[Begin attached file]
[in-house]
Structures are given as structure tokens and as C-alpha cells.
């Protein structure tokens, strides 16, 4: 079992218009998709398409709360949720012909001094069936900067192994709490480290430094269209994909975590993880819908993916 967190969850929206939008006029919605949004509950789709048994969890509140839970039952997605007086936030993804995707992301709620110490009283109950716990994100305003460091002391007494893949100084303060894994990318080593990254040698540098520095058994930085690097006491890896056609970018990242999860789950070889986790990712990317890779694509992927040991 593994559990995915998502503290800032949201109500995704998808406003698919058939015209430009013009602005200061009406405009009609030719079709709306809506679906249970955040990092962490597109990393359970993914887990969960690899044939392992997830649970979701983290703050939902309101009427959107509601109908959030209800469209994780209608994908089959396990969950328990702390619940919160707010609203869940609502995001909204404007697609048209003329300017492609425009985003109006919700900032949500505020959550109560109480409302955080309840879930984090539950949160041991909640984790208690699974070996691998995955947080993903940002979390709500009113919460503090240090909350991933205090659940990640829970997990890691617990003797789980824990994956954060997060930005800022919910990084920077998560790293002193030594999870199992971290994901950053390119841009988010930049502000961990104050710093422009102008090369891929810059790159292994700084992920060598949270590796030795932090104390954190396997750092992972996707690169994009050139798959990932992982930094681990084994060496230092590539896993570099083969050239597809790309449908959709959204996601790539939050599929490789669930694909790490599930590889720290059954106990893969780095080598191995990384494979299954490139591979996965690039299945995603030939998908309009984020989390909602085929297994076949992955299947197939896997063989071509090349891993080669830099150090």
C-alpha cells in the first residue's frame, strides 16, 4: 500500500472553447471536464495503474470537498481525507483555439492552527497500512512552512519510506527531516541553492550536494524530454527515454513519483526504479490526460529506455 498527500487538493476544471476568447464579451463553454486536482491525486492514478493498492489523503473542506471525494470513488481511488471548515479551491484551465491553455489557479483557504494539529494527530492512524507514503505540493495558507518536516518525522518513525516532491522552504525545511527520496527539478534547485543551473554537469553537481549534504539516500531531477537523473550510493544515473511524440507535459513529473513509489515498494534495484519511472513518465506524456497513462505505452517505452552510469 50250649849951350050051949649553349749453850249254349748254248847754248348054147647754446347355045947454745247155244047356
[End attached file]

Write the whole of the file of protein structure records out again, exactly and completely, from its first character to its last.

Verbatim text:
[in-house]
Structures are given as structure tokens and as C-alpha cells.
């Protein structure tokens, strides 16, 4: 079992218009998709398409709360949720012909001094069936900067192994709490480290430094269209994909975590993880819908993916 967190969850929206939008006029919605949004509950789709048994969890509140839970039952997605007086936030993804995707992301709620110490009283109950716990994100305003460091002391007494893949100084303060894994990318080593990254040698540098520095058994930085690097006491890896056609970018990242999860789950070889986790990712990317890779694509992927040991 593994559990995915998502503290800032949201109500995704998808406003698919058939015209430009013009602005200061009406405009009609030719079709709306809506679906249970955040990092962490597109990393359970993914887990969960690899044939392992997830649970979701983290703050939902309101009427959107509601109908959030209800469209994780209608994908089959396990969950328990702390619940919160707010609203869940609502995001909204404007697609048209003329300017492609425009985003109006919700900032949500505020959550109560109480409302955080309840879930984090539950949160041991909640984790208690699974070996691998995955947080993903940002979390709500009113919460503090240090909350991933205090659940990640829970997990890691617990003797789980824990994956954060997060930005800022919910990084920077998560790293002193030594999870199992971290994901950053390119841009988010930049502000961990104050710093422009102008090369891929810059790159292994700084992920060598949270590796030795932090104390954190396997750092992972996707690169994009050139798959990932992982930094681990084994060496230092590539896993570099083969050239597809790309449908959709959204996601790539939050599929490789669930694909790490599930590889720290059954106990893969780095080598191995990384494979299954490139591979996965690039299945995603030939998908309009984020989390909602085929297994076949992955299947197939896997063989071509090349891993080669830099150090």
C-alpha cells in the first residue's frame, strides 16, 4: 500500500472553447471536464495503474470537498481525507483555439492552527497500512512552512519510506527531516541553492550536494524530454527515454513519483526504479490526460529506455 498527500487538493476544471476568447464579451463553454486536482491525486492514478493498492489523503473542506471525494470513488481511488471548515479551491484551465491553455489557479483557504494539529494527530492512524507514503505540493495558507518536516518525522518513525516532491522552504525545511527520496527539478534547485543551473554537469553537481549534504539516500531531477537523473550510493544515473511524440507535459513529473513509489515498494534495484519511472513518465506524456497513462505505452517505452552510469 50250649849951350050051949649553349749453850249254349748254248847754248348054147647754446347355045947454745247155244047356